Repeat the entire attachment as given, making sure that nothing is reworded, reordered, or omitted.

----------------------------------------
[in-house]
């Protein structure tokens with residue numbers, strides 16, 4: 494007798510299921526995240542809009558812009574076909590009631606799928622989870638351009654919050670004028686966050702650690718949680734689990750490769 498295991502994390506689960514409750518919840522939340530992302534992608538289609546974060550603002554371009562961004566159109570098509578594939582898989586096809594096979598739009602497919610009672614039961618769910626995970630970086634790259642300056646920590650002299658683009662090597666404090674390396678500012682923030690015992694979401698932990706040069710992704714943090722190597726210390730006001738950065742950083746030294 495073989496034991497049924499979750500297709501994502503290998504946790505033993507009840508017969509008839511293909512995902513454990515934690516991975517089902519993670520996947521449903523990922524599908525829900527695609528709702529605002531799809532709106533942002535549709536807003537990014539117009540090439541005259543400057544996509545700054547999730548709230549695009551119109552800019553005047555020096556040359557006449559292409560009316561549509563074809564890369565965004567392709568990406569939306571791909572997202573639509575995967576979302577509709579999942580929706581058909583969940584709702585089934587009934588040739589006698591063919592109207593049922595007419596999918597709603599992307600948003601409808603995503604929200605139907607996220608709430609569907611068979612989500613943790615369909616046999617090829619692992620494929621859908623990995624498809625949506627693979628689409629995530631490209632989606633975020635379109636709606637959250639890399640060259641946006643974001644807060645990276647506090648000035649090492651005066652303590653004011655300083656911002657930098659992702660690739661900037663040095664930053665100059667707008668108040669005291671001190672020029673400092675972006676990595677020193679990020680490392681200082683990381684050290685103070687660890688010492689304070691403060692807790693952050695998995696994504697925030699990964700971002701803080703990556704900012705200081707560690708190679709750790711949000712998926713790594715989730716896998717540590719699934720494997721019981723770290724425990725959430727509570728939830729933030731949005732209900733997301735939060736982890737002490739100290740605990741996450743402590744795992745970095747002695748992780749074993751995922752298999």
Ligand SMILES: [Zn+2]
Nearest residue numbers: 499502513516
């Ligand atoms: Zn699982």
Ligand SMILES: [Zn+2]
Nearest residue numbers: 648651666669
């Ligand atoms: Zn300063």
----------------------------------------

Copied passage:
[in-house]
């Protein structure tokens with residue numbers, strides 16, 4: 494007798510299921526995240542809009558812009574076909590009631606799928622989870638351009654919050670004028686966050702650690718949680734689990750490769 498295991502994390506689960514409750518919840522939340530992302534992608538289609546974060550603002554371009562961004566159109570098509578594939582898989586096809594096979598739009602497919610009672614039961618769910626995970630970086634790259642300056646920590650002299658683009662090597666404090674390396678500012682923030690015992694979401698932990706040069710992704714943090722190597726210390730006001738950065742950083746030294 495073989496034991497049924499979750500297709501994502503290998504946790505033993507009840508017969509008839511293909512995902513454990515934690516991975517089902519993670520996947521449903523990922524599908525829900527695609528709702529605002531799809532709106533942002535549709536807003537990014539117009540090439541005259543400057544996509545700054547999730548709230549695009551119109552800019553005047555020096556040359557006449559292409560009316561549509563074809564890369565965004567392709568990406569939306571791909572997202573639509575995967576979302577509709579999942580929706581058909583969940584709702585089934587009934588040739589006698591063919592109207593049922595007419596999918597709603599992307600948003601409808603995503604929200605139907607996220608709430609569907611068979612989500613943790615369909616046999617090829619692992620494929621859908623990995624498809625949506627693979628689409629995530631490209632989606633975020635379109636709606637959250639890399640060259641946006643974001644807060645990276647506090648000035649090492651005066652303590653004011655300083656911002657930098659992702660690739661900037663040095664930053665100059667707008668108040669005291671001190672020029673400092675972006676990595677020193679990020680490392681200082683990381684050290685103070687660890688010492689304070691403060692807790693952050695998995696994504697925030699990964700971002701803080703990556704900012705200081707560690708190679709750790711949000712998926713790594715989730716896998717540590719699934720494997721019981723770290724425990725959430727509570728939830729933030731949005732209900733997301735939060736982890737002490739100290740605990741996450743402590744795992745970095747002695748992780749074993751995922752298999």
Ligand SMILES: [Zn+2]
Nearest residue numbers: 499502513516
């Ligand atoms: Zn699982």
Ligand SMILES: [Zn+2]
Nearest residue numbers: 648651666669
């Ligand atoms: Zn300063």